Another secret to creating custom-made tubes lies in manipulating a property called chirality, which has to do with the direction the spiral-shaped tubes twist. Nature only twists molecules in one direction - this is why DNA molecules always twist to the right, and are described as having right-handed chirality. But Fenniri's team can make tubes that twist in either direction, creating left-handed nanotubes with abilities that their right-handed cousins often do not have.
""We can create two nanotubes that are made of the same materials, but that behave differently,"" Fenniri said. ""Just like a flipped-over puzzle piece doesn't fit in its hole, a left-handed nanotube can react with different substances than its corresponding right-handed tube.""
While experimenting with controlling their nanotubes' properties, the Fenniri team discovered some unexpected behaviors their nanotubes exhibit.
""We have found that the nanotubes promote their own formation,"" Fenniri said. ""Such behavior is very reminiscent of living systems, in that they replicate and adapt to their environment.""
Realizing that their homegrown nanotubes catalyze their own formation opened a whole new field of research for the team. They found that by placing the raw materials from which nanotubes form into a test tube, then adjusting such conditions as temperature and pressure, the nanotubes could organize themselves into one of many different configurations, several never seen previously.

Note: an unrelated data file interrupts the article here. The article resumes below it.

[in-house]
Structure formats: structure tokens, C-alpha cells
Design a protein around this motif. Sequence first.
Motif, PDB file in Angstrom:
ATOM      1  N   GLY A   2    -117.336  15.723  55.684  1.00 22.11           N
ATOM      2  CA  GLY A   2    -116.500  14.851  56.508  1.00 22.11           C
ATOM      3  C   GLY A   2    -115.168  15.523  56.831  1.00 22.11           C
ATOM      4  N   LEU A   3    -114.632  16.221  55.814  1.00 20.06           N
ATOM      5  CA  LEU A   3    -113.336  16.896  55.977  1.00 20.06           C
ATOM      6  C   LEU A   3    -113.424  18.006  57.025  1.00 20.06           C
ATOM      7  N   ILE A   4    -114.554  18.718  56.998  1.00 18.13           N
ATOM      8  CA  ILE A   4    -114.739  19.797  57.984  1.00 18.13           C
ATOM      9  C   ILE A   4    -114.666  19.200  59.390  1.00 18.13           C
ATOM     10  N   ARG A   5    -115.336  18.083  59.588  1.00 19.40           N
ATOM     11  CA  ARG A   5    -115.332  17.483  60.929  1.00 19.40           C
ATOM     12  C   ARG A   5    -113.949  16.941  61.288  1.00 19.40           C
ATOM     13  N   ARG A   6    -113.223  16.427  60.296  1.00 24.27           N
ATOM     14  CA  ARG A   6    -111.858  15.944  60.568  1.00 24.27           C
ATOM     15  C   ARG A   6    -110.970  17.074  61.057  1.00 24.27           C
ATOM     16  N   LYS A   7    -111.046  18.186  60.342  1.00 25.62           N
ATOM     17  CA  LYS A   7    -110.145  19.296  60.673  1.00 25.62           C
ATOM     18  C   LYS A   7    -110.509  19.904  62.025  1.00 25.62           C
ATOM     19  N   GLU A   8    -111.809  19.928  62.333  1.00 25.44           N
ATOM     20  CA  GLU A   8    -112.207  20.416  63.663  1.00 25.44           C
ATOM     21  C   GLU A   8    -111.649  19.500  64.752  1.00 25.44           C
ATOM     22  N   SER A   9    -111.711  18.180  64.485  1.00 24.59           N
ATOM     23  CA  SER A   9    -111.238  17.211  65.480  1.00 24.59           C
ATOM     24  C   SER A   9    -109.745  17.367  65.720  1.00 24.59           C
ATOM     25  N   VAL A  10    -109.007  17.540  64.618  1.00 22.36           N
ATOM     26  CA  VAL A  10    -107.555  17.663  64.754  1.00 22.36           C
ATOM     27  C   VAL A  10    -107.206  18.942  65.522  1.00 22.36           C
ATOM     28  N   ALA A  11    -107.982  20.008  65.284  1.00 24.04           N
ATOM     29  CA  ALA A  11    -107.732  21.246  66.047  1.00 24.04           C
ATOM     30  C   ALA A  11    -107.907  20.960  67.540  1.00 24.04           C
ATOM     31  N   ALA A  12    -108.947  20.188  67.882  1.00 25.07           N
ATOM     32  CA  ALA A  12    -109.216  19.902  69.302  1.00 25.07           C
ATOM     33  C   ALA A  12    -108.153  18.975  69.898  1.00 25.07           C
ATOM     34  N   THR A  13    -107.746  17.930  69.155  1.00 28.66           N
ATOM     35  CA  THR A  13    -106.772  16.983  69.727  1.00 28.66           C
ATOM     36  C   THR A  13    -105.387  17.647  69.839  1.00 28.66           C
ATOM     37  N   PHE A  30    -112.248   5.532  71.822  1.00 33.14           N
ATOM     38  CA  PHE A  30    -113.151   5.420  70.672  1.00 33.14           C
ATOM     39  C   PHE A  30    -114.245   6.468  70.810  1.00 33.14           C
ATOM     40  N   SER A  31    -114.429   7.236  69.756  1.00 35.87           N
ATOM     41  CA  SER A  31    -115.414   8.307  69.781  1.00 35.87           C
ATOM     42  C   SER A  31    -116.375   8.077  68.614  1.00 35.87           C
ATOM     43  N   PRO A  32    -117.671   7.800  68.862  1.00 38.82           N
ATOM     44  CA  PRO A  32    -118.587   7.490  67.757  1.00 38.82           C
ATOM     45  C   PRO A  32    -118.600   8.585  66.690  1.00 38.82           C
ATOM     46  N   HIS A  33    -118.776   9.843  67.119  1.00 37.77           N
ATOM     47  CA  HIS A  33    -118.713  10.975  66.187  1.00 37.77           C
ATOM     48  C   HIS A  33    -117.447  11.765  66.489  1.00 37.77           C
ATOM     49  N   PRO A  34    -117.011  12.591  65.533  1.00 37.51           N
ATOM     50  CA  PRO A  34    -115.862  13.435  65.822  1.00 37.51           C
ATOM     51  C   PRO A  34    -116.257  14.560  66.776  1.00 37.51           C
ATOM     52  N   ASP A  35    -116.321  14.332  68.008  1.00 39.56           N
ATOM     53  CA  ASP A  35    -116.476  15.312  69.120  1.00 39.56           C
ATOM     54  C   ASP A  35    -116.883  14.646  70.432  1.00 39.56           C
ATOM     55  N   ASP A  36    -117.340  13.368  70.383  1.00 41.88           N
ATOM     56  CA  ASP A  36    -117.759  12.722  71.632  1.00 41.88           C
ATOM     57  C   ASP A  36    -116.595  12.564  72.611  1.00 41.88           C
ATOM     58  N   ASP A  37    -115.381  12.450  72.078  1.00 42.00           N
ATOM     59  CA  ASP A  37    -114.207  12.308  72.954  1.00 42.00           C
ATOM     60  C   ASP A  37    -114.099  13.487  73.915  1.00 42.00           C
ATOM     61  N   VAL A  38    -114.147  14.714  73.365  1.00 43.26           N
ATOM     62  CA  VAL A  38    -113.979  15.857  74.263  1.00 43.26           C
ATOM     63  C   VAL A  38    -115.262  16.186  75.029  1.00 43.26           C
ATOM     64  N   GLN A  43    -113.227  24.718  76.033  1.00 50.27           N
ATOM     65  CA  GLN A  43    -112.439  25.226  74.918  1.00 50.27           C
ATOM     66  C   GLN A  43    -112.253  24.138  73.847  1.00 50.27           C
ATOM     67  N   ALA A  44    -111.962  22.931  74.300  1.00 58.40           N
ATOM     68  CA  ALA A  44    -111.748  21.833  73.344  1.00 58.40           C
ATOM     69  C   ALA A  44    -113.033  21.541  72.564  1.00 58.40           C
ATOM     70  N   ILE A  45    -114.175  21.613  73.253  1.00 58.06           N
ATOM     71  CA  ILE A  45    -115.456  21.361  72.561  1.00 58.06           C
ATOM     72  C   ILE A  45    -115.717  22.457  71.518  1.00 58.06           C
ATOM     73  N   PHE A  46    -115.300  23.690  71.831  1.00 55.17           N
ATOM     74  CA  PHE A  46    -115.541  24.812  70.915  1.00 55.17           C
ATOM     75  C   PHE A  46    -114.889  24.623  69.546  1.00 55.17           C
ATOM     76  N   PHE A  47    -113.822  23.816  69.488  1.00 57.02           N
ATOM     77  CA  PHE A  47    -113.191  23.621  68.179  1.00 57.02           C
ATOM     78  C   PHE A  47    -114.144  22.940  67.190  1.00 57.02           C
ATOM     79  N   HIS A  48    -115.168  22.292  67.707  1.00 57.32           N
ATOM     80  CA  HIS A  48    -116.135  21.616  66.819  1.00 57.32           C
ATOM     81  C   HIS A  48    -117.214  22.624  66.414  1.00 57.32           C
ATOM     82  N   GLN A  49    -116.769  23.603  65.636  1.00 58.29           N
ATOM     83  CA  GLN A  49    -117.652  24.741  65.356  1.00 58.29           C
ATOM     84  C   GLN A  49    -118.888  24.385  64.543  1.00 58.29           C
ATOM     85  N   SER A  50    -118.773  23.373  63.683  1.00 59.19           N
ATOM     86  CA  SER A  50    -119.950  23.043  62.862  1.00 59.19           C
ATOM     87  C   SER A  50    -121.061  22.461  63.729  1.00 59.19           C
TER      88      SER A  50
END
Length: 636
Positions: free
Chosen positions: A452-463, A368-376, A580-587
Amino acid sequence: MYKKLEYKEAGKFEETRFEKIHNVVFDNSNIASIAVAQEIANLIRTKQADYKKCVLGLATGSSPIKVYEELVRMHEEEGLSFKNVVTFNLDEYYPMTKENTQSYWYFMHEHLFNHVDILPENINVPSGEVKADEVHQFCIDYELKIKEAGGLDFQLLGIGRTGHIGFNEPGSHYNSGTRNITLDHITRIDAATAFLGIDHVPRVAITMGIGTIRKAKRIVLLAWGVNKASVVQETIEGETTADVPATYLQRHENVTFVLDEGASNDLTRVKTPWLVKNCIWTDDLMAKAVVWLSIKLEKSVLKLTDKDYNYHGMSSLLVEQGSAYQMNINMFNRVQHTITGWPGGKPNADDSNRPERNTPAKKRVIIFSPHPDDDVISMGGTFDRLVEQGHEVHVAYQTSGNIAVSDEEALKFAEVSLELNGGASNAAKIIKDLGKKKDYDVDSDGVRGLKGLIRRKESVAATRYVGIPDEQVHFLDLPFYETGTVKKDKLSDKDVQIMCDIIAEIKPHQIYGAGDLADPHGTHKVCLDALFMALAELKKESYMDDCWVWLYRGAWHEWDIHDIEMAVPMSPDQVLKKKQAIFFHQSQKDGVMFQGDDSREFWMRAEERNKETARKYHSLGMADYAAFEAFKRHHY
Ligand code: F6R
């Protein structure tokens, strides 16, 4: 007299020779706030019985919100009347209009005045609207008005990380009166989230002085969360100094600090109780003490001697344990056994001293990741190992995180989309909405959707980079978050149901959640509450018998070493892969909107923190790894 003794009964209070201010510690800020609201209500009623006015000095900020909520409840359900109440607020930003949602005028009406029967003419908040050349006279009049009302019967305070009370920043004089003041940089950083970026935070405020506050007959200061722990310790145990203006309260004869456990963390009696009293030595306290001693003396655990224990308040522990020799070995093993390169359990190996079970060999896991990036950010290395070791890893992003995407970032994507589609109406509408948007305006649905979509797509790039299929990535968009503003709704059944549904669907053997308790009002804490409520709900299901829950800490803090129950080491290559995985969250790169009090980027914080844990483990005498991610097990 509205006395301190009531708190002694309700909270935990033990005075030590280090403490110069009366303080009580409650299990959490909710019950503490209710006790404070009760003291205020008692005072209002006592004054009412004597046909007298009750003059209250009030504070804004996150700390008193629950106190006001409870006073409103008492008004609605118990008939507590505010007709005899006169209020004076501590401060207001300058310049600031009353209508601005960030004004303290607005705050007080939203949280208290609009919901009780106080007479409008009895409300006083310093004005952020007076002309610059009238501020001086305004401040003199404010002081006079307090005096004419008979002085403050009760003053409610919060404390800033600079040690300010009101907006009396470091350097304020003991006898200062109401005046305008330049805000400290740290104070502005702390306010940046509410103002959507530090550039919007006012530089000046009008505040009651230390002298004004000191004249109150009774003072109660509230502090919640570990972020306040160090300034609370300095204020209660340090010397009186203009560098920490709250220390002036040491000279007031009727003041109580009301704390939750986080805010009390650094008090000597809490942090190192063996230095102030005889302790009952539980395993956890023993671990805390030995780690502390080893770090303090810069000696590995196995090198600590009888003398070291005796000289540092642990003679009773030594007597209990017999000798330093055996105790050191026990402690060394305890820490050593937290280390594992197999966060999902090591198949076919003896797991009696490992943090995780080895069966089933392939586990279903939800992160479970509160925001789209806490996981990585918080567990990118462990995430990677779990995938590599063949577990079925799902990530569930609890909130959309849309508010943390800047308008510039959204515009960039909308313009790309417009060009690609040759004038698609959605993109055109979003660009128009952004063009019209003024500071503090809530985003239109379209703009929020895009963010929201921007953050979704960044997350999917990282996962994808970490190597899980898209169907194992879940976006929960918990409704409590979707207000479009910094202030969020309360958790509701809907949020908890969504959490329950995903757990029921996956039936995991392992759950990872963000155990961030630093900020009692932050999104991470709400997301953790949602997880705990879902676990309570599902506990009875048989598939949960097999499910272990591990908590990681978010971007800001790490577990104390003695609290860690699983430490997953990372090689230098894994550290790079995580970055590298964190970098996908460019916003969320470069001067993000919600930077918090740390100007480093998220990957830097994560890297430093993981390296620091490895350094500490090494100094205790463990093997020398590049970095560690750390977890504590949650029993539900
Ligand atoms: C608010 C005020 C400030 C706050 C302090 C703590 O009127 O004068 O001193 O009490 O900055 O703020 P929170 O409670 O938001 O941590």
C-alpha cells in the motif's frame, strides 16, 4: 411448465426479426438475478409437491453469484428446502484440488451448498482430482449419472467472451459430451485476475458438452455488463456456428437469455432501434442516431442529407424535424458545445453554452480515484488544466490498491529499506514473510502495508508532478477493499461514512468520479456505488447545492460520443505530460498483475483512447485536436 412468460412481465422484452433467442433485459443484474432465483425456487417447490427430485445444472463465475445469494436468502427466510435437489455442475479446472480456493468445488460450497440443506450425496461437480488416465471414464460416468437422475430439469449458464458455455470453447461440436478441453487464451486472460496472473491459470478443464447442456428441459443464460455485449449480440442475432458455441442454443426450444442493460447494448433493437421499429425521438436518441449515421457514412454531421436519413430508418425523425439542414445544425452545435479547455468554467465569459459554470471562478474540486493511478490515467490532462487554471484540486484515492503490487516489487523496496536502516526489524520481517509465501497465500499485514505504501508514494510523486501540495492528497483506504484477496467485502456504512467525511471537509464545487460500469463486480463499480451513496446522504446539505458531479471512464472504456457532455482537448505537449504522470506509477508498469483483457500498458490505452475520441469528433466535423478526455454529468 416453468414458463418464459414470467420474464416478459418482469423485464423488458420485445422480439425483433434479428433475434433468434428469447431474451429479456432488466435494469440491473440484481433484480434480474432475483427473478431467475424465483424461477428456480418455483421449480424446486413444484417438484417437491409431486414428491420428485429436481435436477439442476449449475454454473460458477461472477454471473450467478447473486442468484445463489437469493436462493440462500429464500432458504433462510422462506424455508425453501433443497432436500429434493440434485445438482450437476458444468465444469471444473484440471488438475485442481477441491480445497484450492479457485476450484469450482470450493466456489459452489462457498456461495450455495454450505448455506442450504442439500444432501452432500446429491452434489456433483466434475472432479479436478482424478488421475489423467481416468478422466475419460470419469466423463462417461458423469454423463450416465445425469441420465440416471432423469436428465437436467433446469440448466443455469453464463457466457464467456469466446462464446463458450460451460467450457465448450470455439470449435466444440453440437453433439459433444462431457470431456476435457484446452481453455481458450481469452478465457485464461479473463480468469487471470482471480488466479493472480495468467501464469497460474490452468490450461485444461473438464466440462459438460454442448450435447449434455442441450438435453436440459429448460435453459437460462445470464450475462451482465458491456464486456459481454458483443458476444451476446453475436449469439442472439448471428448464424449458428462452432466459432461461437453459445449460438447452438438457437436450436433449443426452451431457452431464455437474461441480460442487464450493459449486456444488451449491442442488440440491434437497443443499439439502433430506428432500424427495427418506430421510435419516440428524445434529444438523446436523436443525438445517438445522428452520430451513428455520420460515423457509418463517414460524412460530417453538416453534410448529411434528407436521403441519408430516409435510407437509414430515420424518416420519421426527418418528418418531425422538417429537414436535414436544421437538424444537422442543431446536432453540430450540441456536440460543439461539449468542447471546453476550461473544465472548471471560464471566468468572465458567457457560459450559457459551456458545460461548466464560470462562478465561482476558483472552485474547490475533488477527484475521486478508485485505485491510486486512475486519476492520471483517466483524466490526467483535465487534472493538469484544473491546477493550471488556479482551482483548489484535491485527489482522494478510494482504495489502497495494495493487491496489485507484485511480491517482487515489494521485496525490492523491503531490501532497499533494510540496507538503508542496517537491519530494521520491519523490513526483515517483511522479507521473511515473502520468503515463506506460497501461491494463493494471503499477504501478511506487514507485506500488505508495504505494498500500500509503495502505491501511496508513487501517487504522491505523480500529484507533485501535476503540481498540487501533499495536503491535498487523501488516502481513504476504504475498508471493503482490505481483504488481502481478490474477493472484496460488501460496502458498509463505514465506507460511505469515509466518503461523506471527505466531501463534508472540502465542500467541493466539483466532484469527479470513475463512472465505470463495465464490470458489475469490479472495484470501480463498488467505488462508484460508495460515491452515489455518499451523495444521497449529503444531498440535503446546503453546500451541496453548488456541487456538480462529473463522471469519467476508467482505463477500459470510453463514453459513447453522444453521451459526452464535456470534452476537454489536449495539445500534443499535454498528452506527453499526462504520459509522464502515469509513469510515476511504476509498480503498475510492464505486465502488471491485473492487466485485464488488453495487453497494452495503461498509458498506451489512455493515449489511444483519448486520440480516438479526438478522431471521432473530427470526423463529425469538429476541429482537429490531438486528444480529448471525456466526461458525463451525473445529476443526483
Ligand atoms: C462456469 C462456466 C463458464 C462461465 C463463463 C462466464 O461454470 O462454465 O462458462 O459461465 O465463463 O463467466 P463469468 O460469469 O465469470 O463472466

""You could imagine that one type of nanotube forms at 25 degrees Celsius, but another type with very different physical and chemical properties would form at 70 degrees,"" Fenniri said. ""That's a simplification, of course, but it illustrates the principles we have uncovered.""
The relative ease of manipulating the properties of nanotubes makes Fenniri optimistic that many new applications will be possible. One possibility is to use the nanotubes in disease treatment.
""Many drugs destroy infectious bacteria by poking holes in their cellular membranes and leaking out their nutrients, just like pricking a hole in a balloon,"" he said. ""Our nanotubes could also act in this manner, but in addition, they have the ability to lure the bacteria with a bait that guides them to the cell membrane where they can start destroying the cell.""
Further exploitation of the tubes' dial-up properties could lead to nanotubes that conduct electricity or photons, making them useful in computer memory systems, high-definition displays, biosensors and drug delivery systems. Fenniri is hopeful the findings will prove beneficial in many fields.
""Nanotechnology relies on our ability to control the behavior of matter at the molecular scale,"" he said. ""The versatility and robustness of our system is already pointing the way towards numerous applications in a fairly broad range of disciplines. It should help nanotubes on their way to becoming the nanoworld's jack-of-all-trades.""
Funding for this research is provided by grants from the National Science Foundation and the American Chemical Society, awards from 3M and the Research Corp., and by Purdue University.